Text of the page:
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As published in Irish Times and Irish Examiner:
The Financial Transaction Tax (FTT) is gaining momentum. It is a proposal for a small tax on the financial sector to raise revenue for public investment and reduce the harmful activity caused by short term speculators. Already 10 EU countries are supporting its introduction.
We know from the 2008 crash and subsequent recession the destruction that is caused by the irresponsibility of the financial sector and financial markets focused on excessive profit seeking.
The FTT, at 0.1% on trading in bonds and shares and 0.01% on trading in derivatives would raise €320-€360 million for the Exchequer according to the Nevin Economic Research Institute (NERI).
This is a significant sum that could help redress some of the consequences of the financial crash and austerity in Ireland.
Ireland has a role to play in implementing the FTT as we are a global centre for collective investment funds. In 2015, the total value of investment funds being managed in Ireland was approaching €2 trillion ( €2,000bn). Some of this activity, such as high frequency financial trading, is economically and socially destructive. The FTT could deter such speculative trading and encourage more socially responsible investment and the development of a sustainable ‘ethical economy’. Given the small size of the tax, there is little evidence there would be significant relocation of activities from Dublin.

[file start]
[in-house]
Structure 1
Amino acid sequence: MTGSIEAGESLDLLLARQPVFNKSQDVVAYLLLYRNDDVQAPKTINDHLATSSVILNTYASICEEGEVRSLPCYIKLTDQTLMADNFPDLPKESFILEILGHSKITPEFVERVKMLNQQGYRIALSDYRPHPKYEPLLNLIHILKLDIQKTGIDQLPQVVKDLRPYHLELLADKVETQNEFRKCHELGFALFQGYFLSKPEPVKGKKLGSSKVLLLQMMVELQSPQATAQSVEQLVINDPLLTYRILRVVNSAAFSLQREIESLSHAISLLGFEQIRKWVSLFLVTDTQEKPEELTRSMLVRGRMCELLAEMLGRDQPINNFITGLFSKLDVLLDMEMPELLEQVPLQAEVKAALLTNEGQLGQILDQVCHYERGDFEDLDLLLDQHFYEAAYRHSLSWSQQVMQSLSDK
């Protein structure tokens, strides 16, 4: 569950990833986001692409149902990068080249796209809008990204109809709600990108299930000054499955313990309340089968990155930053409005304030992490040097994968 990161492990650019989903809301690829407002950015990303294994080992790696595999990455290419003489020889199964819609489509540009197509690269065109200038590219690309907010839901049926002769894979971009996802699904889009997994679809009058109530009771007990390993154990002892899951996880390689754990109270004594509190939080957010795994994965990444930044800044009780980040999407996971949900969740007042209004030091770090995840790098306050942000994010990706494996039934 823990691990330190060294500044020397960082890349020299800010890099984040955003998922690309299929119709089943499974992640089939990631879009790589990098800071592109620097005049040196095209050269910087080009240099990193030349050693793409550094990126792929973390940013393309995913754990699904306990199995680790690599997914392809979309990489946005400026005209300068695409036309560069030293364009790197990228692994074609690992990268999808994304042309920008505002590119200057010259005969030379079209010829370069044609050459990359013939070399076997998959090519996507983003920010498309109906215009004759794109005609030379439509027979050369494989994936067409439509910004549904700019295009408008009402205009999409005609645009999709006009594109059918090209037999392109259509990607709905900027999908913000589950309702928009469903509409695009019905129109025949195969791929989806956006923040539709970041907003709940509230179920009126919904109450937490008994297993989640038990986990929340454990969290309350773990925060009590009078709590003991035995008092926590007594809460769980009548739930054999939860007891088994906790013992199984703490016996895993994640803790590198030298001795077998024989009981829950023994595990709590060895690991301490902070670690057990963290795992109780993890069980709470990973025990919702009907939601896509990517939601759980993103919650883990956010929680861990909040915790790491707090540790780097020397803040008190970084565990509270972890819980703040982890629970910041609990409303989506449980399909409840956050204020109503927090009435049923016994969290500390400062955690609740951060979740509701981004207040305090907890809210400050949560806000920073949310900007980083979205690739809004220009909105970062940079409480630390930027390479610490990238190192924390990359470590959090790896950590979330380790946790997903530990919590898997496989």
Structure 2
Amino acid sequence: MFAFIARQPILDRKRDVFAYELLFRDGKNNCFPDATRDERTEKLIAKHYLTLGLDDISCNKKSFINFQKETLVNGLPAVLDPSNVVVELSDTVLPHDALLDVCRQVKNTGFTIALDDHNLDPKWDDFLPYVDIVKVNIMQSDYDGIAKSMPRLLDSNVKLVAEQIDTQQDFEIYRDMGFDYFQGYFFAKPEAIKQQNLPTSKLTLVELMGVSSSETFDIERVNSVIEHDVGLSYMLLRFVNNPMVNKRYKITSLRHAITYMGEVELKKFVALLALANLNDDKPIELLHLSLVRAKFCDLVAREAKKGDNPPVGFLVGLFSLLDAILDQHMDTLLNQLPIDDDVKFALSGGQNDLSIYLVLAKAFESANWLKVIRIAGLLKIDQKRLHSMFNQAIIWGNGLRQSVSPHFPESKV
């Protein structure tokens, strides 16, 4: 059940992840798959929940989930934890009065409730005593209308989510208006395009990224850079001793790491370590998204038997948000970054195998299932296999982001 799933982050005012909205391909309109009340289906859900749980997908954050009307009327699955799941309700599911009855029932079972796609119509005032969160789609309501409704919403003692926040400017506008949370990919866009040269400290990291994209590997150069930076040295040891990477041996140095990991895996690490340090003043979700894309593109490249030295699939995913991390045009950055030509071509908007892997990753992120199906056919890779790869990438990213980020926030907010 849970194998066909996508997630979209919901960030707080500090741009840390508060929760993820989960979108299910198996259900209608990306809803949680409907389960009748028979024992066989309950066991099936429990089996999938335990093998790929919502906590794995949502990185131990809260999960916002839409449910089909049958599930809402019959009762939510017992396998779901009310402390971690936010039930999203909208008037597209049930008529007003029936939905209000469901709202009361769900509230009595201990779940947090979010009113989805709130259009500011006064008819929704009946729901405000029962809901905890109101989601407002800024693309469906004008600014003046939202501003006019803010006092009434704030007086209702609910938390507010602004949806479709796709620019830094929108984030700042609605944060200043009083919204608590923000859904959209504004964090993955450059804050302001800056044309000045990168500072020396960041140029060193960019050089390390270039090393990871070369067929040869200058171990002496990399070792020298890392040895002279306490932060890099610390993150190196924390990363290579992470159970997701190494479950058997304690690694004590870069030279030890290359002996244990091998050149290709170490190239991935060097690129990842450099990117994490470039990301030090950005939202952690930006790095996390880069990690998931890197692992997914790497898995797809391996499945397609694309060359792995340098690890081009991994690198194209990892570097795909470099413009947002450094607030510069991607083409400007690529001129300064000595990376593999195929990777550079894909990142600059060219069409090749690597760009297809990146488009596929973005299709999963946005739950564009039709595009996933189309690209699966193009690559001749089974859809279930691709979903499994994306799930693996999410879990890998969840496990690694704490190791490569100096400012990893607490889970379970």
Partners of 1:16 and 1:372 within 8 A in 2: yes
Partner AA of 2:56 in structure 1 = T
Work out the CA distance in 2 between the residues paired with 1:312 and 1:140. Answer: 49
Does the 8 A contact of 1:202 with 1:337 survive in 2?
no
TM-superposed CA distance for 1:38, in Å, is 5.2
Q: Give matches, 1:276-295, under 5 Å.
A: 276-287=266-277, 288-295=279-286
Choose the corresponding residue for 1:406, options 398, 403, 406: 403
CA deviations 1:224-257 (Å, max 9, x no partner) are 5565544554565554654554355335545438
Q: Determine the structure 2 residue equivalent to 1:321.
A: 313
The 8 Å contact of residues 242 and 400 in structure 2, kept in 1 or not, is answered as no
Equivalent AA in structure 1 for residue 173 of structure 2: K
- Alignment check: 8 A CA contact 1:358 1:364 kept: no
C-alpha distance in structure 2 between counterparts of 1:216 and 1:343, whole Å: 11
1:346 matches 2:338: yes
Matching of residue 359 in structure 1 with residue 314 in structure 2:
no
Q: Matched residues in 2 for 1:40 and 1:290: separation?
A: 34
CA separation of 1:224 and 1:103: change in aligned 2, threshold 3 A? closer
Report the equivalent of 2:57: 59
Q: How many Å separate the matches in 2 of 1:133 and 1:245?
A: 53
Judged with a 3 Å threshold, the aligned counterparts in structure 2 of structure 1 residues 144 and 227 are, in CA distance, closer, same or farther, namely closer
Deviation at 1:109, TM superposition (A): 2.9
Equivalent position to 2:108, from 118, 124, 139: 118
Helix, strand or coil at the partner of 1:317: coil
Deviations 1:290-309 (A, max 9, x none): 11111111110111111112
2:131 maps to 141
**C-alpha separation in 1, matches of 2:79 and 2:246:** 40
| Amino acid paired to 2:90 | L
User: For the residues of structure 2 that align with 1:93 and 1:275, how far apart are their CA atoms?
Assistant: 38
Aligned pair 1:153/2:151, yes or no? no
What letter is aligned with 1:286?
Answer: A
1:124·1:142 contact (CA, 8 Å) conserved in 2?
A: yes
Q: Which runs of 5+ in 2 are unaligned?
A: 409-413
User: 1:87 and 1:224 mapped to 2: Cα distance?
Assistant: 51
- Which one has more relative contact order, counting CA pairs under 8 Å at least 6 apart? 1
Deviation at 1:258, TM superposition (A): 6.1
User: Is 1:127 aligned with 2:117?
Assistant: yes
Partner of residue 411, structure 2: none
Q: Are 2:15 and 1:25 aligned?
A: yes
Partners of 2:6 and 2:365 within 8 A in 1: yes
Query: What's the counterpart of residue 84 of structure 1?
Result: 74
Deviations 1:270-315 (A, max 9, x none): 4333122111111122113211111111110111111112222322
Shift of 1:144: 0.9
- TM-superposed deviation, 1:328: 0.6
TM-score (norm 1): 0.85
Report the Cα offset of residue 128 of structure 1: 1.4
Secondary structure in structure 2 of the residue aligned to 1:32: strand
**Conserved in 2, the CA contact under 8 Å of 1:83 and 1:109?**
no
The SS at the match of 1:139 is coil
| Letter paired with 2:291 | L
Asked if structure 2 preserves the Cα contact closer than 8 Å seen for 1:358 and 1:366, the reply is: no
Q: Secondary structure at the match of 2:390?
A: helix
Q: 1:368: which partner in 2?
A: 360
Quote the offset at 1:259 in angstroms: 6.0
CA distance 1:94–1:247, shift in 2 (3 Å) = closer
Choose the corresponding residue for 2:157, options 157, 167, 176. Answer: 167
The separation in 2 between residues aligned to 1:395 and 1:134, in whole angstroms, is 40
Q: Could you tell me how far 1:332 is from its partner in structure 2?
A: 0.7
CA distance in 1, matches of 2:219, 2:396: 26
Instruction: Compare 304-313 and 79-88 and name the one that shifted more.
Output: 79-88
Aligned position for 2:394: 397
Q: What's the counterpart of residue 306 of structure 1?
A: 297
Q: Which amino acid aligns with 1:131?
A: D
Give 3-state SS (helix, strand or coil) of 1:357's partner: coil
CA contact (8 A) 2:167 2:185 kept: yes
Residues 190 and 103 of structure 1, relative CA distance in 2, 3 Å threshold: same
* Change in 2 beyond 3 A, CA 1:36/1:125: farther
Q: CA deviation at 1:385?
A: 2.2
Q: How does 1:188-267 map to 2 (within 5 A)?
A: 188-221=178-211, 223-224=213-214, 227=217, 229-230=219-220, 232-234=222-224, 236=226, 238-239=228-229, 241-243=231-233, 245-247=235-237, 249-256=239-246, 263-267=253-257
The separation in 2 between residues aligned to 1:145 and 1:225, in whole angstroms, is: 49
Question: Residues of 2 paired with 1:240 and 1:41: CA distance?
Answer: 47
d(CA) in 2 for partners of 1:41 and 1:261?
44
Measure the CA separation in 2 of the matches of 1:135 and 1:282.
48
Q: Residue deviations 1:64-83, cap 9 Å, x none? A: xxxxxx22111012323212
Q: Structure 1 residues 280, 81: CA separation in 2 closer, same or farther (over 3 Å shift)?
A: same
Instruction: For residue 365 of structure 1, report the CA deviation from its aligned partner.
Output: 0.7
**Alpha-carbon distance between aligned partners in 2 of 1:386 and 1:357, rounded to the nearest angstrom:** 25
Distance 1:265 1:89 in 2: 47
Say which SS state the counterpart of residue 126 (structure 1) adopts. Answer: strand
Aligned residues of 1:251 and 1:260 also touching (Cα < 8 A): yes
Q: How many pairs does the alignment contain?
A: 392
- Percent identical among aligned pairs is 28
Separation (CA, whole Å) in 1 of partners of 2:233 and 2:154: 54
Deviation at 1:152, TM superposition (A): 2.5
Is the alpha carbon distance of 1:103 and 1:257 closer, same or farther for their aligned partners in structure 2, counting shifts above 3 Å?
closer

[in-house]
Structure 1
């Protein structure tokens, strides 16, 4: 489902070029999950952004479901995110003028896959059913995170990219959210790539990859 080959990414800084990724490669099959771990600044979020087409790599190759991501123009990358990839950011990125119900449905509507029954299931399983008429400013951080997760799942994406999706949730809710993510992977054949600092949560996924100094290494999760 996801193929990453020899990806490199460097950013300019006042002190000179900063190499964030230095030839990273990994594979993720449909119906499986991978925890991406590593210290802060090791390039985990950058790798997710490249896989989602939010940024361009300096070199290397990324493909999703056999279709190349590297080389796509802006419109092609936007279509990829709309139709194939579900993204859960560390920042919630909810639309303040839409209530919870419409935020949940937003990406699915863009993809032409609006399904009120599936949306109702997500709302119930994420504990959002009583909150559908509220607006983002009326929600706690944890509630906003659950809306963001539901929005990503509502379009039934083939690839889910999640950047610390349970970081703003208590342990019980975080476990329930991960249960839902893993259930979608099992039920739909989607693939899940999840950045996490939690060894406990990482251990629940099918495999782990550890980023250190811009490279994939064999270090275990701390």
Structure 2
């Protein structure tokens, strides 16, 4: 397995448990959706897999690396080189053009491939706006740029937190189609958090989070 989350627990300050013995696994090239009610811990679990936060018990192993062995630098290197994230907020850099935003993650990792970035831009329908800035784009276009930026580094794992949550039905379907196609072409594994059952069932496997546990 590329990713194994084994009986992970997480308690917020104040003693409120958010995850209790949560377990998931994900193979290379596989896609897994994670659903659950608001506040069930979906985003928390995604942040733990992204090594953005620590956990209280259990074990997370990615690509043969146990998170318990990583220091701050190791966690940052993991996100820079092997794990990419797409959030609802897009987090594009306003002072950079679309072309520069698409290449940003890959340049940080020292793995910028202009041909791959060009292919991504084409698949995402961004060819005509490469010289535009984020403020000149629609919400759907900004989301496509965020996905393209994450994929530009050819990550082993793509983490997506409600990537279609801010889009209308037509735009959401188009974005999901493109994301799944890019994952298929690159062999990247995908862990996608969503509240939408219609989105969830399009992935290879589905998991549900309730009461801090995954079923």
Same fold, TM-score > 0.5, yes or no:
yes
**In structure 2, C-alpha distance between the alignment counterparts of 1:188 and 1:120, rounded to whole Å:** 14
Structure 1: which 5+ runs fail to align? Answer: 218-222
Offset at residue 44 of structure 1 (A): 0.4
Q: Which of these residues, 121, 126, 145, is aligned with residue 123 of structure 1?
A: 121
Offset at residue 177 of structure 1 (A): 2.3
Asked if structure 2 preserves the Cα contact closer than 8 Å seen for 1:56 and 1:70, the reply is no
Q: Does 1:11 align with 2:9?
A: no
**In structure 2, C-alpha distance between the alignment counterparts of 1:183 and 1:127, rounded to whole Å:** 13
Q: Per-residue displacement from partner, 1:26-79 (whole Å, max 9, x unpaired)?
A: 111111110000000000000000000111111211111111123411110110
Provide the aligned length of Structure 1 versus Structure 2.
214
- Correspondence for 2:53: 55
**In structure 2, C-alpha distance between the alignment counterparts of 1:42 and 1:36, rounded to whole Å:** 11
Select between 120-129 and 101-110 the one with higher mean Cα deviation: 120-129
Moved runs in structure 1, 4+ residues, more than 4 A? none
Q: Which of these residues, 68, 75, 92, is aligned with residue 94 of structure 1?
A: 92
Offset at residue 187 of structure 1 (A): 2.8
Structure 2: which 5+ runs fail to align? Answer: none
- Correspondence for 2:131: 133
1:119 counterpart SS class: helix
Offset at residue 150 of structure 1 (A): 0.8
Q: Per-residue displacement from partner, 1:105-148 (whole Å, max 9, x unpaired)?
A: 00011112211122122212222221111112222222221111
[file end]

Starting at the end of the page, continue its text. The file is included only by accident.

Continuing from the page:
It appears there is some official reluctance at Ireland supporting the FTT unless the UK also does. However, we believe Ireland should take the lead on this, rather than deferring to London.
The FTT could contribute to protecting us against future economic storms, much of which are driven by speculative financial markets.
Dr Rory Hearne, Senior Policy Analyst, TASC
Paul Sweeney, Chair TASC Economist’s Network
Prof D Jacobson, Emeritus Prof of Economics, DCU
Prof G Hughes, Trinity Business School, TCD
Dr Erne, Sen Lecturer, UCD School of Business
Prof P Drudy, Emeritus Professor of Economics, TCD
Prof Seán Ó Riain, Maynooth University
Dr Colm O’Doherty, Lect I T, Tralee
Dr Daryl D’Art, UL & DCU
Rosheen Callender, Economist
Dr Tom McDonnell, Economist, NERI
Prof John Barry, QUB
Prof Peadar Kirby, UL & Maynooth
Nat O’Connor, Lecturer, Ulster University
Prof James Stewart, School of Business Studies, TCD
Brendan Bartley, Spatial Analyst, NIRSA, Maynooth
Patrick Kinsella, Economist
Dr David Begg, Director, TASC
Dr Seán Healy, Director, Social Justice Ireland